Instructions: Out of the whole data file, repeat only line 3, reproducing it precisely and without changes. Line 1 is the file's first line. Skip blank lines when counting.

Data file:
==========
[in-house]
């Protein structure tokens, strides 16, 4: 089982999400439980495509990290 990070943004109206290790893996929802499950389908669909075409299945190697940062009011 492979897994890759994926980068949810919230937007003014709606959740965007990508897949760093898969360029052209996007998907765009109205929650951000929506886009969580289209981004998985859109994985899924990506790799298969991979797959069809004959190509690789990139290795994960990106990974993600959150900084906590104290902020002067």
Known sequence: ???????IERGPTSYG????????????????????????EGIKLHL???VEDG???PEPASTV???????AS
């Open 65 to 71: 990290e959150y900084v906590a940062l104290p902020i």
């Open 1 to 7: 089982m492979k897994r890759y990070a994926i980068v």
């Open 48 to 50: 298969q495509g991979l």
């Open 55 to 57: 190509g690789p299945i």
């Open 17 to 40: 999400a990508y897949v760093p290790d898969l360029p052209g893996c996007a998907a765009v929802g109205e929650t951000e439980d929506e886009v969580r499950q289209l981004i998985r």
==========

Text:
Known sequence: ???????IERGPTSYG????????????????????????EGIKLHL???VEDG???PEPASTV???????AS